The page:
- The 2d ACR also had a Command and Control Squadron (Provisional), which included the air troop and support troop (air) that accomplished the regimental serial surveillance mission as well as other regimental elements and was stationed at Merrell Barracks and Feucht Army Airfield in Nuernberg. The air troop, designated Attack Helicopter Troop, conducted surveillance in the Weiden and Regen sectors, while the support troop (air), designated Support Helicopter Troop, had responsibility for the Hof and Coburg sectors.


Schematic shows sectors and installations along the border assigned to the two Armored Cavalry Regiments in Germany in the 1980s.

This schematic will be updated and reworked in the next few days (March 2007).

(Source: ABOUT TOWN, May 5, 1982)
2nd Squadron, 11th Armored Cavary Regiment - is responsible for patrolling 144 km of the East/West border near Bad Kissingen.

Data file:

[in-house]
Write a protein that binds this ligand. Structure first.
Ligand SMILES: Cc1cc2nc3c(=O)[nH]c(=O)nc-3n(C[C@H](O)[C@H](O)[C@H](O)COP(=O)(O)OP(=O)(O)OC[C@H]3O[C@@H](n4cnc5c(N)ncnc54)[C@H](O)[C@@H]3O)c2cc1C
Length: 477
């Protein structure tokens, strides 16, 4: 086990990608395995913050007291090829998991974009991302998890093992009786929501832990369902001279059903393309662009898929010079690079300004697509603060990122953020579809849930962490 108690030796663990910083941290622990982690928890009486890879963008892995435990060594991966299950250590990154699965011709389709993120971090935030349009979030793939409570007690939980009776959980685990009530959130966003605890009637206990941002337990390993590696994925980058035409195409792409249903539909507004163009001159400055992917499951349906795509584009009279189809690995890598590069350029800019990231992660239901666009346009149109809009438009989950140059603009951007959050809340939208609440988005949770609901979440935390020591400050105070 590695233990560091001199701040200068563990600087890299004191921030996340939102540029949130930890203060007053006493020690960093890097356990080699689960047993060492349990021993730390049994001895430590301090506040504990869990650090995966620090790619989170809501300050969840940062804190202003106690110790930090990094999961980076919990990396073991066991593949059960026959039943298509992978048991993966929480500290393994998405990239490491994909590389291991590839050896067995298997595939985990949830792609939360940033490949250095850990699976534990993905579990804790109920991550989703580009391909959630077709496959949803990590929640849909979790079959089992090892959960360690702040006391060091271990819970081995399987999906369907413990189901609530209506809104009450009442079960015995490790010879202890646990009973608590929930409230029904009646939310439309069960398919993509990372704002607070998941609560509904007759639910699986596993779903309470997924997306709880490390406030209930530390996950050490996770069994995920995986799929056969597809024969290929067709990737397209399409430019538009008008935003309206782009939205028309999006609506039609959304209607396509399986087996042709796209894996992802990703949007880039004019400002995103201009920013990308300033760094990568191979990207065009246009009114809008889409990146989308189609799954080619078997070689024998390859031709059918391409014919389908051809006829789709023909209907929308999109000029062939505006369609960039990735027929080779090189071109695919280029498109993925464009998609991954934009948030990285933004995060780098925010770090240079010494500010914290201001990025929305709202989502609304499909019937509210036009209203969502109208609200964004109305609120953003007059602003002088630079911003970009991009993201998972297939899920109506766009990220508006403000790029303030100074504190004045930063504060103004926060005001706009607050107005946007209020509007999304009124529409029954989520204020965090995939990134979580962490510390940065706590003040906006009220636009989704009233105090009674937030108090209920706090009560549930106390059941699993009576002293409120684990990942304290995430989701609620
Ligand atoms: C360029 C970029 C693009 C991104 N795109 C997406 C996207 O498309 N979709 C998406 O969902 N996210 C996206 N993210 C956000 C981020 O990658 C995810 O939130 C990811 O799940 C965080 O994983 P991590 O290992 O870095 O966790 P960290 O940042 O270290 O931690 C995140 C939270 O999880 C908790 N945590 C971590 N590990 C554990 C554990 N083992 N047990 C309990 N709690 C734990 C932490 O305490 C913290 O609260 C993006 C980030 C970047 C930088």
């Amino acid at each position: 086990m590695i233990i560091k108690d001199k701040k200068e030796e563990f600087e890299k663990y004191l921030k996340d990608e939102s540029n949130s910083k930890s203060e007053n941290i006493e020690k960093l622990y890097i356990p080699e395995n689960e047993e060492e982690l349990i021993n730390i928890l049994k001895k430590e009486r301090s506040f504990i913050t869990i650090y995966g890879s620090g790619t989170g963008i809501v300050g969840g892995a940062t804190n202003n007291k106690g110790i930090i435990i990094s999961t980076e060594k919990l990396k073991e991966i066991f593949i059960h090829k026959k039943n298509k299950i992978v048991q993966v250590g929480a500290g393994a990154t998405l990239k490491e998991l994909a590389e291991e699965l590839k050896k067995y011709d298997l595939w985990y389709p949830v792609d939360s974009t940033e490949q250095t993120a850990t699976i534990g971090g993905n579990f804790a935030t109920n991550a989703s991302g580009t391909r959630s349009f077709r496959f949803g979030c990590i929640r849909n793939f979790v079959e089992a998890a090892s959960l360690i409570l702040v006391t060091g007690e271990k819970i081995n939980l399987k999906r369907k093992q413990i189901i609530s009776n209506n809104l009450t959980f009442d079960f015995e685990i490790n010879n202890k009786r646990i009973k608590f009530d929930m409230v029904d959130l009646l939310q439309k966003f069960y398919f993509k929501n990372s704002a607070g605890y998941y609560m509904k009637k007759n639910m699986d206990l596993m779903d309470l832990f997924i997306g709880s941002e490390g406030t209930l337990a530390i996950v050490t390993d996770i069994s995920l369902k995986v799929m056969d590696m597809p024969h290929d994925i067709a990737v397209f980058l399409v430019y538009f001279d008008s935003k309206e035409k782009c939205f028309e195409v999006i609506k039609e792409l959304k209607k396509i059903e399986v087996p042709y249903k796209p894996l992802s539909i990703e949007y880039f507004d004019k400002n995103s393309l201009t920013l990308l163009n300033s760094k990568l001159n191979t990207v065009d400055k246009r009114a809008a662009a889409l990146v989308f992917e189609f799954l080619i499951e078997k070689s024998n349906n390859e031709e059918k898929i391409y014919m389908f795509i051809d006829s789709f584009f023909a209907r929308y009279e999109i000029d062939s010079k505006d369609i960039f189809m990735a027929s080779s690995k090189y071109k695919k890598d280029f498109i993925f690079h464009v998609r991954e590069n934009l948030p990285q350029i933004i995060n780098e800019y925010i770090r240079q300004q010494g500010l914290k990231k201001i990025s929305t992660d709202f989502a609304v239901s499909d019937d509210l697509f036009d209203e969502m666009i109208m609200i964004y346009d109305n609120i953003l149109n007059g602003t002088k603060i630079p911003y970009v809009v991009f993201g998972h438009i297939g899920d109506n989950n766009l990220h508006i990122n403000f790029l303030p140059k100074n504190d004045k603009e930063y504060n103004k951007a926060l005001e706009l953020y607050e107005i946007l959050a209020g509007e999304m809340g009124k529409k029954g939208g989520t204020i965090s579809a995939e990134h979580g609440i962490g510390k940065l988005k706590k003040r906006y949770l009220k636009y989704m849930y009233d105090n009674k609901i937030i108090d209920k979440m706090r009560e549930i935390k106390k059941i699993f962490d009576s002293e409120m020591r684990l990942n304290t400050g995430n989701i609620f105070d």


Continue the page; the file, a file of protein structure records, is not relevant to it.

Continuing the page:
The Camp Phillip L. Lee, "Eaglehorse Forward," serves as the base for the 2nd Sqdn's border patrol. The 2nd Sqdn is based in Bad Kissingen. Units rotate to Camp Lee for two to four weeks of border patrol duty. The entire section must be patrolled at least every 72 hours.

... ...... ...
Observation Post India ...... Lüderbach
Observation Post Romeo (1) ...... Obersuhl
Observation Post Romeo (2) ...... Obersuhl
Observation Post Alpha ...... Rasdorf
Observation Post Tennessee OP 10 - later OP Sierra Eussenhausen
Camp Lee Camp Wollbach Wollbach
Camp Harris Camp Coburg Coburg
Camp Hof Kingsley Bks Hof
Camp Gates ...... Brand
Camp Pitman Camp Weiden Weiden
Camp Reed Camp Rotz Rötz
Camp May ...... Regen
Camp Philippsreut ...... (Freyung)
Camp Röhrnbach ...... (Waldkirchen)

Bundesgrenzschutz and other German border patrol agencies
(Source: Chapter Four, US ARMY BORDER OPERATIONS IN GERMANY, 1945-1983, by William E. Stacy)

German Control of the Border